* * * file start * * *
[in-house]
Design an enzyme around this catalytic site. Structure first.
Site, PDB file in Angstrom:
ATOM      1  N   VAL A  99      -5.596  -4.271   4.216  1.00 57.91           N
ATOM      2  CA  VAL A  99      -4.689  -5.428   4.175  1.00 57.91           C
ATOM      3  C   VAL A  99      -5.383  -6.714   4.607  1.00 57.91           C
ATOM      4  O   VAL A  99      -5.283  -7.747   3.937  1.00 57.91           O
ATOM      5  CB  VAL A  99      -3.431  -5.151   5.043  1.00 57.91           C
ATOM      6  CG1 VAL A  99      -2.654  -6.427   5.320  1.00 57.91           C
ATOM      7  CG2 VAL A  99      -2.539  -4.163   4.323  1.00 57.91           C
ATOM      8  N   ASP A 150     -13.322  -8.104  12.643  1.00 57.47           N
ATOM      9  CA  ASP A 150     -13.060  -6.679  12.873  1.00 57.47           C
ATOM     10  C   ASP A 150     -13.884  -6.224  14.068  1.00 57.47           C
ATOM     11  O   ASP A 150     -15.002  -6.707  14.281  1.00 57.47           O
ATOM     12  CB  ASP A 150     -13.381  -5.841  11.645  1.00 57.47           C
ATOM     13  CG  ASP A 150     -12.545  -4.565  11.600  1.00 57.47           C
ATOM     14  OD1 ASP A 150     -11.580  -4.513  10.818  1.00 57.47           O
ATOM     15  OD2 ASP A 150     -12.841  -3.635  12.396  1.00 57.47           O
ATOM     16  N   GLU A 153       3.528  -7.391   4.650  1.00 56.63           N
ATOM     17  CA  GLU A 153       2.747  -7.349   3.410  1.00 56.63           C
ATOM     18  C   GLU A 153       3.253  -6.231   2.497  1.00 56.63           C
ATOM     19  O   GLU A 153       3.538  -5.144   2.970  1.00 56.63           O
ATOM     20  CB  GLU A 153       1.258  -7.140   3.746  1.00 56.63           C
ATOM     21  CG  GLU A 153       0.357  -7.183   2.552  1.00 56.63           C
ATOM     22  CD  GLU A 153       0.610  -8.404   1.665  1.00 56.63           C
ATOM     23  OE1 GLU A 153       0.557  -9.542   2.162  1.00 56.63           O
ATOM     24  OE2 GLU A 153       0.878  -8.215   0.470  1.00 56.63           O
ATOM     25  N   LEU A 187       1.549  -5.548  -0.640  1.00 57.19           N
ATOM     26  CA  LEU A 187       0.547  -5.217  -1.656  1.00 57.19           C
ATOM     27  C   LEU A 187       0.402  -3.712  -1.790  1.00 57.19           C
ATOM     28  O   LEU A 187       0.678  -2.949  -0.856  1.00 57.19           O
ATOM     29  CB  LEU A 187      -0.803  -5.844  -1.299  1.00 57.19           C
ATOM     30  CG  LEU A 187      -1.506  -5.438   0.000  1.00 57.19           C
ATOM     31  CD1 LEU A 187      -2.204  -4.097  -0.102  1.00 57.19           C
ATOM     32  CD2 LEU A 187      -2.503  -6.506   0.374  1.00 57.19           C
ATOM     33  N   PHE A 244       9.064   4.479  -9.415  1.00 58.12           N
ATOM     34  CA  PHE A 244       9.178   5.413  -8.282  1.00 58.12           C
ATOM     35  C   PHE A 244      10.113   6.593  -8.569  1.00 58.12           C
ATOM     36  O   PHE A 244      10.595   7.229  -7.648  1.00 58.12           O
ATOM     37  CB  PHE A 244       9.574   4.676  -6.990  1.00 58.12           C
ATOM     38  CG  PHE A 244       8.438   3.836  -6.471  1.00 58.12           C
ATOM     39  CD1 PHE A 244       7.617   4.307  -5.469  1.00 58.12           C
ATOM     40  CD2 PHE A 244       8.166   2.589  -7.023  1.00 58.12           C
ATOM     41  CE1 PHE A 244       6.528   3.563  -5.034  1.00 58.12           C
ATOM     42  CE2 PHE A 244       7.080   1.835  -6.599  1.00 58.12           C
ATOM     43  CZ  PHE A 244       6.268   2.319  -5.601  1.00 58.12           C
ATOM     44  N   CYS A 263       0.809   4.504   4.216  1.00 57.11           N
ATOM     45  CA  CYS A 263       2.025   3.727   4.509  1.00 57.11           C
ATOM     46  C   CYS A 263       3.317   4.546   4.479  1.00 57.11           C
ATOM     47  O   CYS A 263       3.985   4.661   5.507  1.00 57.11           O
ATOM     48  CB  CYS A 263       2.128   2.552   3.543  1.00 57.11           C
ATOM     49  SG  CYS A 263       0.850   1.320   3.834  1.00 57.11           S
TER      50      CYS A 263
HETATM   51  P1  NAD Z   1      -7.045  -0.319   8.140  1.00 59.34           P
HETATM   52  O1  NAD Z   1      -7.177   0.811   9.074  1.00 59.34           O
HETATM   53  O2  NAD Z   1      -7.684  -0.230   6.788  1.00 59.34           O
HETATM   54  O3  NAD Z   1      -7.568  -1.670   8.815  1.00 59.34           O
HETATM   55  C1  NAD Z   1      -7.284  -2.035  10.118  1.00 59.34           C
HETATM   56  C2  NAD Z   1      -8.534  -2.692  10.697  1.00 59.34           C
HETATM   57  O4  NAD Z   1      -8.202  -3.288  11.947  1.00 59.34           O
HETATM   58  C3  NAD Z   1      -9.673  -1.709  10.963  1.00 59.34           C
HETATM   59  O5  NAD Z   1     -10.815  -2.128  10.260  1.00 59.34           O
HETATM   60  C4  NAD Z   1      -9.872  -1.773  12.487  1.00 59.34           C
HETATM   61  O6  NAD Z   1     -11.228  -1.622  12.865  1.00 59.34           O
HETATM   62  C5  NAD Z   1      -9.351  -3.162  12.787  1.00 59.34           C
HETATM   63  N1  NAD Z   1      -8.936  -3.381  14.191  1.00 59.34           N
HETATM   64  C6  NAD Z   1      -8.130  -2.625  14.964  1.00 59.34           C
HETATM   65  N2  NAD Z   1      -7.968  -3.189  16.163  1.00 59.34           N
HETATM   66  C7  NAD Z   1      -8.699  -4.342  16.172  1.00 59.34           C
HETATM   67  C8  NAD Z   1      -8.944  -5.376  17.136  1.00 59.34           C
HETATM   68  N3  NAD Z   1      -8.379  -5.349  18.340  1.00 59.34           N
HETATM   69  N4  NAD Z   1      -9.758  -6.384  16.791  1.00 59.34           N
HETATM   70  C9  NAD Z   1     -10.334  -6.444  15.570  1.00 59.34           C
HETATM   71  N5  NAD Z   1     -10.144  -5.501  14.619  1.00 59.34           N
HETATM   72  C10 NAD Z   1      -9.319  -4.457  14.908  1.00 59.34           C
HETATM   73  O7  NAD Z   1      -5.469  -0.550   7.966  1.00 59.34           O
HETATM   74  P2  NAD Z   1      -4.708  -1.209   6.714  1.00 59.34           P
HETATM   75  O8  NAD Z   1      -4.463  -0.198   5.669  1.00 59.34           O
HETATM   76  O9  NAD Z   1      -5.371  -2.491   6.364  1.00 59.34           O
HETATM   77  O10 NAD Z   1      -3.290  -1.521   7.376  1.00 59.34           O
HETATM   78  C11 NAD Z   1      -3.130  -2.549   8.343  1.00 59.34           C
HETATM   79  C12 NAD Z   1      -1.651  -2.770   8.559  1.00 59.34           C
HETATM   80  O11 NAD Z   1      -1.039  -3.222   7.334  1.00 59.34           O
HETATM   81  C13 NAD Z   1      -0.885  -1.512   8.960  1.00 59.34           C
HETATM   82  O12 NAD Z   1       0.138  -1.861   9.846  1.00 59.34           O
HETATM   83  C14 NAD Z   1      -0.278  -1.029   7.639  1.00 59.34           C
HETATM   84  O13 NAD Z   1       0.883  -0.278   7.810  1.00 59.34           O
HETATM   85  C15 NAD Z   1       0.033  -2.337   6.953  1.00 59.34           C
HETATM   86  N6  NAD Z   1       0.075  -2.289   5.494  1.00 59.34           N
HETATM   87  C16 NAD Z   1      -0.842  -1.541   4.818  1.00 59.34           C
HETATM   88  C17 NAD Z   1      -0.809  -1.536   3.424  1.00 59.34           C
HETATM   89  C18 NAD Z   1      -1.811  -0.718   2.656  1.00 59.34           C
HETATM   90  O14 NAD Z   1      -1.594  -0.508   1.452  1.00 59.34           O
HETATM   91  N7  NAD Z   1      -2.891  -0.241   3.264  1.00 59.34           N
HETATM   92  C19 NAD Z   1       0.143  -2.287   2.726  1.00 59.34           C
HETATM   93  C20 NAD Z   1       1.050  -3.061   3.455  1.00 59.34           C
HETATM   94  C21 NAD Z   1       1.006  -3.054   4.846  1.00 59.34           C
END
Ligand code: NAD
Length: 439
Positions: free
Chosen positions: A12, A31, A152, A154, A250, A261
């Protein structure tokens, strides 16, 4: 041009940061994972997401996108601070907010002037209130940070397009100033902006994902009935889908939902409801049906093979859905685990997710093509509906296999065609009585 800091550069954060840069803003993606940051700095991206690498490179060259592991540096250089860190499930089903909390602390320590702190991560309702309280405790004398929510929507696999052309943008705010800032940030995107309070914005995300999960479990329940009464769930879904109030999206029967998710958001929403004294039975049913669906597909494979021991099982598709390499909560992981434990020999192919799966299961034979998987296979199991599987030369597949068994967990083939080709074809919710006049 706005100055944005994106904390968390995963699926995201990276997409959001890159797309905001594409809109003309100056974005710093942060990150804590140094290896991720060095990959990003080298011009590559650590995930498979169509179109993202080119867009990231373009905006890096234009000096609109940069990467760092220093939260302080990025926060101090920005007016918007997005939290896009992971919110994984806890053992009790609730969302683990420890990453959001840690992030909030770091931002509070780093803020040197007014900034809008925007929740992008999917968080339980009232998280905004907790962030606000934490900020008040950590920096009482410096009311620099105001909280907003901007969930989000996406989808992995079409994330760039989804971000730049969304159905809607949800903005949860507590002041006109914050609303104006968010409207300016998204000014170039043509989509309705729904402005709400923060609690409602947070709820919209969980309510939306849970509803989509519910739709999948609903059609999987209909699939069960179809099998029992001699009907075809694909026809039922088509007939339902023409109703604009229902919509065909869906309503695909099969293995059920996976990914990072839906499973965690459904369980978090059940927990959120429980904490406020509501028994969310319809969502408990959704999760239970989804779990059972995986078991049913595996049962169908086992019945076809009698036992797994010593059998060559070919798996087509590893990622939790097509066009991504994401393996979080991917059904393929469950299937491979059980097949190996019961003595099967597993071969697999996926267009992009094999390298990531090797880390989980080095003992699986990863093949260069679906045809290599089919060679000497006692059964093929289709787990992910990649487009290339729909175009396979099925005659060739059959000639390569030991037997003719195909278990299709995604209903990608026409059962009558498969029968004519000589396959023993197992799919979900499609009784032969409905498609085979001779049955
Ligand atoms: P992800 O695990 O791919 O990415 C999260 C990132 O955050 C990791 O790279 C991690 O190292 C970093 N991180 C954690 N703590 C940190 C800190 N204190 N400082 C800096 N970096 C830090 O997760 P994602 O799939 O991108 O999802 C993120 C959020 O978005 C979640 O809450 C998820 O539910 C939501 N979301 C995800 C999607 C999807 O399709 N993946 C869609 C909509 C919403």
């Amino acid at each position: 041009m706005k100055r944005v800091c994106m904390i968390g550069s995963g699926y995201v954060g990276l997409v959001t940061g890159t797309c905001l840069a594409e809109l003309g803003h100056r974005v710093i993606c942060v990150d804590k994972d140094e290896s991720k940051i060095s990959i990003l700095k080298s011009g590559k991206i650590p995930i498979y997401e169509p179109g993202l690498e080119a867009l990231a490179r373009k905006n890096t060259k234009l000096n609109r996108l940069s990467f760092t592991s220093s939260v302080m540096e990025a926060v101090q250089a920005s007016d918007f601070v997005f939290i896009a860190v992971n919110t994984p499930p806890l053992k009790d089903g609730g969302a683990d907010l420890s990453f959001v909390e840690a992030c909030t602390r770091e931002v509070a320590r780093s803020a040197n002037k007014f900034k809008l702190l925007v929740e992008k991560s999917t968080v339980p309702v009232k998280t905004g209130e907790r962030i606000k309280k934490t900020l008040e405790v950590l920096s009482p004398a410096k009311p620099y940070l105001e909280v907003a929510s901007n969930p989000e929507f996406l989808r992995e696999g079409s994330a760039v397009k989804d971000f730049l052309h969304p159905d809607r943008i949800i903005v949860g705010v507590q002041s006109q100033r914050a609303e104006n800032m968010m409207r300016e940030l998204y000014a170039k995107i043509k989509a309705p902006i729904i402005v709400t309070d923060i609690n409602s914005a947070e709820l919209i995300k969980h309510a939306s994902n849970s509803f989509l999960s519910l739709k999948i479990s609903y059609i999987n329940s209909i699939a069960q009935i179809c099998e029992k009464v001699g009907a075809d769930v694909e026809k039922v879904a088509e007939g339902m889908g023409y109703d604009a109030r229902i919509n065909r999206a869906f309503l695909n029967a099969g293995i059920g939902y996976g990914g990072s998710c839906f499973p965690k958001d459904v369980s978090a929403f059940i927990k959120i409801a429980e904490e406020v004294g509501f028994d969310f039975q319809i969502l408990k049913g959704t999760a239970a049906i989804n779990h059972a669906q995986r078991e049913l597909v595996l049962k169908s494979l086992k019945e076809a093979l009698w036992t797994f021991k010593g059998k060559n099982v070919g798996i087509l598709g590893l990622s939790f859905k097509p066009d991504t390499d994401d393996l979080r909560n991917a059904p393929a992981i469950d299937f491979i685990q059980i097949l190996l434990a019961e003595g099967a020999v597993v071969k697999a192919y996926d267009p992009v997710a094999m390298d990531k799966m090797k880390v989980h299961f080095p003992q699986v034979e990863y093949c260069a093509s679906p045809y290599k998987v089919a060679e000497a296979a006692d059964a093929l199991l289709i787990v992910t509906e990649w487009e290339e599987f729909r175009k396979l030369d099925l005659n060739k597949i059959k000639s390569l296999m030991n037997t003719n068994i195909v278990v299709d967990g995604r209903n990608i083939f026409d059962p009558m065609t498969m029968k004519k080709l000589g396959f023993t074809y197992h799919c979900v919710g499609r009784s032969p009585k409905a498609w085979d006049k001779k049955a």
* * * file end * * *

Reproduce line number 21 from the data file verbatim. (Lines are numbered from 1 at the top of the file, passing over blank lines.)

ATOM     18  C   GLU A 153       3.253  -6.231   2.497  1.00 56.63           C